Cairo: Historically, Egypt’s Muslim Brotherhood were given many opportunities to be a part of the political arena, but they lost their chance due to their aggressive and secretive intentions of overpowering the country. The January 25 revolution gave them a golden opportunity to prove their critics wrong but they were not prepared to run the country and didn’t know anything about the power, Abdul Moneim Said, a veteran political analyst told Gulf News in an interview.
Question: What can the Muslim Brotherhood do now to get themselves out of the current situation?
A) The way they’re handling the street is wrong. They are alienating more and more people. They’re writing the certificate that takes them off the political competition arena of the Egyptian politics.
You can’t rule a country while you’re disrupting its path, trying to attack its institutions, like courts, public municipal buildings or certainly police stations.
Once you start attacking courts and police stations, which are providing a lot of services to the people and solving their ordinary and daily problems, you’re depriving the country from the normal life. So now they have to stop alienating people and get back to positive ideas.
Q) In previous crises, the Muslim Brotherhood usually chose to save their organisation and not be involved in a tough confrontation with the regime. How you explain their behaviour this time?
A) In the past deep crises that took place in the late 1940s, 1954 and 1965 the Muslim Brotherhood were thrown out of power. After January 2011, they got the best chance to come into power. They ruled and were going through a very fast track process of “brotherisation” of the rest of the institutions in the country. They felt empowered and felt connected with the US, European powers and others. Until now they are in shock of losing power because they underestimated the civic roots of the Egyptian state.
With time they will understand the current balance of power, which is certainly not in their favour, as the people, the state institutions and the army are together against them.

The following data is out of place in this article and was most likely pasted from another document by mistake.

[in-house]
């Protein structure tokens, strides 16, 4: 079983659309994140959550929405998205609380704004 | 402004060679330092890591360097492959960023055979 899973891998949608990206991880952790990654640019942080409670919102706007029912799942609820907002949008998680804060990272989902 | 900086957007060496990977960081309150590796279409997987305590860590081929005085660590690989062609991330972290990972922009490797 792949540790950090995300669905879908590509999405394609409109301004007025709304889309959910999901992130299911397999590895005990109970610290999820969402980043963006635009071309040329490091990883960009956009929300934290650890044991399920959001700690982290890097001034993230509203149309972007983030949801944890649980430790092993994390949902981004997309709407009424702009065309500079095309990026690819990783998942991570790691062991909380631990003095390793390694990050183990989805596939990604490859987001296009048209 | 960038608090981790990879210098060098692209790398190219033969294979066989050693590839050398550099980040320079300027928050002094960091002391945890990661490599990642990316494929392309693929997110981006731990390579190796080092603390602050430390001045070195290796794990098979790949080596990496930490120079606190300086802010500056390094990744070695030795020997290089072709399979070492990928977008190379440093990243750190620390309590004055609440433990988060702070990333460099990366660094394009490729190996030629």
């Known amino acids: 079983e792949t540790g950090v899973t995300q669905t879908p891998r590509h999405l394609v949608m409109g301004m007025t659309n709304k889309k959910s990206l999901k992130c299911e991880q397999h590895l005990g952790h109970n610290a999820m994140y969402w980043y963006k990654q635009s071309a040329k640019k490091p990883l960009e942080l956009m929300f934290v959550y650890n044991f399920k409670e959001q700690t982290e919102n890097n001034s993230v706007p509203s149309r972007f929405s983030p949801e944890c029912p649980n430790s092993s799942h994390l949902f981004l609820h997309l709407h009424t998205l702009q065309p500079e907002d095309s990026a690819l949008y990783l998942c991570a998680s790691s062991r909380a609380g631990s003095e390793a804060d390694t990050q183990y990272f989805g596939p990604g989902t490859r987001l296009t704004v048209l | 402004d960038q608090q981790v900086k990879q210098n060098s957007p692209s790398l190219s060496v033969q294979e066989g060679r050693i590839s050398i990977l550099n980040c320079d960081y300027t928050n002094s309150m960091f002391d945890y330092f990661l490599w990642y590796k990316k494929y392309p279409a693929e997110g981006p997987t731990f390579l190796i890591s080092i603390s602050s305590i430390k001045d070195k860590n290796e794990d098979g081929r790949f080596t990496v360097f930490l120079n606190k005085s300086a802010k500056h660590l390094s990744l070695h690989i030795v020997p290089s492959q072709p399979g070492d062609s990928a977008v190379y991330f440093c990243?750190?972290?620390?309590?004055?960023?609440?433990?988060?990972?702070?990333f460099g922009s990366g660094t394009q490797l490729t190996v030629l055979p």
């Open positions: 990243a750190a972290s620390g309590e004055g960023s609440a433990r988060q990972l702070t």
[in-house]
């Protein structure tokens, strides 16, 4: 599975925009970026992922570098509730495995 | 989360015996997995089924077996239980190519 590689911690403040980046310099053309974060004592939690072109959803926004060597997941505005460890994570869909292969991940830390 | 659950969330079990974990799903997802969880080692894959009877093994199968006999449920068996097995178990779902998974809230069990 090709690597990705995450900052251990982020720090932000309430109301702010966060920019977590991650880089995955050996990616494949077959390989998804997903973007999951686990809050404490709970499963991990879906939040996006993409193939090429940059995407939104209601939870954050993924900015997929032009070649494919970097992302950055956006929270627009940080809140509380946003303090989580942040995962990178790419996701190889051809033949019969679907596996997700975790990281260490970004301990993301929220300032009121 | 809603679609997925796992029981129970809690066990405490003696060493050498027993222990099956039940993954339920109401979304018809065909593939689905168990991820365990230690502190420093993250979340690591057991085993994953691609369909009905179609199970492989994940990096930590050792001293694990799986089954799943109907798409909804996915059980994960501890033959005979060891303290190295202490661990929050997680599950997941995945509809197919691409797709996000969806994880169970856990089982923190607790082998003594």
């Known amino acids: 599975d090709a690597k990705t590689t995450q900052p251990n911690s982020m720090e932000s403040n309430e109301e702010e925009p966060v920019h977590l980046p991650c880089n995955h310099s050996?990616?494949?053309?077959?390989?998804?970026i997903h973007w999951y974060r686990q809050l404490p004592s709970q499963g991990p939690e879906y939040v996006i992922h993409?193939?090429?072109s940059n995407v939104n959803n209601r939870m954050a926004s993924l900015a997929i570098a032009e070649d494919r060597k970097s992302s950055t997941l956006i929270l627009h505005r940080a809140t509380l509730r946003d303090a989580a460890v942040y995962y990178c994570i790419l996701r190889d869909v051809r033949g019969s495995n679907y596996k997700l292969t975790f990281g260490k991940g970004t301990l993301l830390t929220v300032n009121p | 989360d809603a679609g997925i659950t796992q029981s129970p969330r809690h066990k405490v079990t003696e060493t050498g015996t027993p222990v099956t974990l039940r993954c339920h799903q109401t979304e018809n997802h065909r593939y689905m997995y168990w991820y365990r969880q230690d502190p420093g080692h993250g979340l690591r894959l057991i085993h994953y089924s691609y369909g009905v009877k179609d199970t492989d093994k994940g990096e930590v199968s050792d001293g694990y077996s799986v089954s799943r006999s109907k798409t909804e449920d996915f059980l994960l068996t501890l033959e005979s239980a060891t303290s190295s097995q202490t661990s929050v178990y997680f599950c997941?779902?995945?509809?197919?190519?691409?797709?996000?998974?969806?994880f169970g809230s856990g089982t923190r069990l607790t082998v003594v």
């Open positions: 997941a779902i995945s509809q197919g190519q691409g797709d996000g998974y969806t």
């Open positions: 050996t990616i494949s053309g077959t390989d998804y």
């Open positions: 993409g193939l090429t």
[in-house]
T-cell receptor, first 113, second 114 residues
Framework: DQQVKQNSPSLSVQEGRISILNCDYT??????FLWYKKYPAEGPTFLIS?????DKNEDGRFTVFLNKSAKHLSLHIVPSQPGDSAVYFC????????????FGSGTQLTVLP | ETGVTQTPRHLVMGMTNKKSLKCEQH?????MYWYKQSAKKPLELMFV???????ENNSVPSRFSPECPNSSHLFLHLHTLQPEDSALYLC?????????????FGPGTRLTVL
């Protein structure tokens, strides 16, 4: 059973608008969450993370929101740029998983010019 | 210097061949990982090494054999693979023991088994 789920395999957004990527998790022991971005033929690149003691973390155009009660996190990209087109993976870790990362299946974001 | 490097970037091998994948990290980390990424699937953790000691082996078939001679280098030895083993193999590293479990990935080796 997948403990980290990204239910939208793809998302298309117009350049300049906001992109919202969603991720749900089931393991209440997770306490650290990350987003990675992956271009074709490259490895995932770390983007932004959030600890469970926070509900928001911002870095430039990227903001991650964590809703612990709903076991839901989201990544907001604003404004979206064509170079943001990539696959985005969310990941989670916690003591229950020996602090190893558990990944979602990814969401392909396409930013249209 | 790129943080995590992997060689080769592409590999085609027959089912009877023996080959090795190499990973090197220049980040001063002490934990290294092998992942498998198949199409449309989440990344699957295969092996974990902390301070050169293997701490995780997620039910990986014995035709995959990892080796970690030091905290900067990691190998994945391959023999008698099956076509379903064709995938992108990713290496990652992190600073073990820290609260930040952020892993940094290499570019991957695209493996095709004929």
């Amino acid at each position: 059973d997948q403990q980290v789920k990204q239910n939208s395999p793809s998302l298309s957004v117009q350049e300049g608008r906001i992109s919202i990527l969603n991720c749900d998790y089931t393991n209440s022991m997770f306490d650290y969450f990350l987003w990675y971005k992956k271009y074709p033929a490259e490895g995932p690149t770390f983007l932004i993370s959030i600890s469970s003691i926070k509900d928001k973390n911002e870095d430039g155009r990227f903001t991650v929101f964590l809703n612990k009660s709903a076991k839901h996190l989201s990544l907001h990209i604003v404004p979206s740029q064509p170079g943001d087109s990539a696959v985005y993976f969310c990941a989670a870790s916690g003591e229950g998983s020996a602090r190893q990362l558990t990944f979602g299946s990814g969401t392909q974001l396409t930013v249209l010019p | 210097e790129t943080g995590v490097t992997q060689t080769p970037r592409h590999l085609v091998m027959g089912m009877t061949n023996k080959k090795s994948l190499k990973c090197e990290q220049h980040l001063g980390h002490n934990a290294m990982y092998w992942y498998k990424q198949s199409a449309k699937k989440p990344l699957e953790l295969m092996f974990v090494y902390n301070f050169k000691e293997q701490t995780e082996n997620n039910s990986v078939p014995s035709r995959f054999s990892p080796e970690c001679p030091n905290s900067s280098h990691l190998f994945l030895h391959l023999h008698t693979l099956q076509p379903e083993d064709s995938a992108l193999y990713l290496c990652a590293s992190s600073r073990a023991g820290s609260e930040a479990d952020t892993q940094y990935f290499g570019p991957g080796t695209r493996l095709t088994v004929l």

Q) How do you explain their swift fall from power?
A) Their performance during such a short period of time was, to say the least, lousy. They appeared ill-prepared to run the country and did not know anything about the power. They were living only on slogans.
They worked on two lines to change the identity of the country from being a civic state to religious one. Also, they tried to control all the major institutions of the state the judiciary, the media, security apparatus and the army and tried to create parallel institutions. They used Turkish intelligence to create a parallel intelligence network.
They used mass media networks, particularly Al Jazeera network and others of their own. They formed their own militias and definitely supported the terrorists groups in Sinai by releasing some well-known criminal terrorists from the prisons and also by allowing hard battle trained terrorists to come from Afghanistan and Pakistan into Egypt.
In many ways, they were preparing to take over the state before the Egyptian voting for Mursi, which was one man, one force, one time. So historically, I think, the Muslim Brotherhood had a lot of opportunities to be part of the civic political sphere but lost them due to their aggressive and secretive intentions of overpowering the country.
Despite all what had happened in the present, they still have support, I can estimate it with 20 per cent, which is no small percentage — it is millions of people. The idea is that they have a political party and can participate like any other parties. But we don’t want a secret organization with international connections.
They are not going to be eradicated from the Egyptian political scene unless they choose to do so. If they are involved in terrorism, I think, the duty of the state will be to crush them.
Q) The US administration wasn’t happy with some decisions made by the defence minister Abdul Al Fatah Al Sissi, especially what could be dubbed as “breaking the neck of the Brotherhood in Egypt and the Arab world”. To which extent may this dispute reach?
A) It is highly related to the process of stabilising the situation in Egypt. Once that happens the relationship could gradually come back to normal. The two countries have enough mutual interests to protect their relationship.
However, I agree with you that there is a present tension, simply because there is a different concept of what is happening in Egypt between the new ruling leader in Egypt and Obama’s administration.
The US didn’t recognise that Tamarod movement succeeded to collect 22 million of signatures asking Mursi to hold an early presidential election or leave. Obama’s administration also didn’t understand that June 30 was a revolution crowned on July 3 and that the Egyptians mandated powers to the military on July 26 to follow the path of the transitional programme.
In addition the US ignored completely the facts that the sit-ins of Rabaa Al Adawiya and Al Nahda weren’t peaceful. They were moving sit-ins and full of women and children. The participants were making expeditions by demonstrating into other districts, attacking public buildings, and cutting roads. It wasn’t a peaceful type of demonstration but a well-armed, attempt to disrupt public life.
It was enough of patience. The regime took 44 days trying to coax them to leave. There is a complete ignorance by the US of evaluating the dangers of the sit-ins.
The writer is a journalist based in Cairo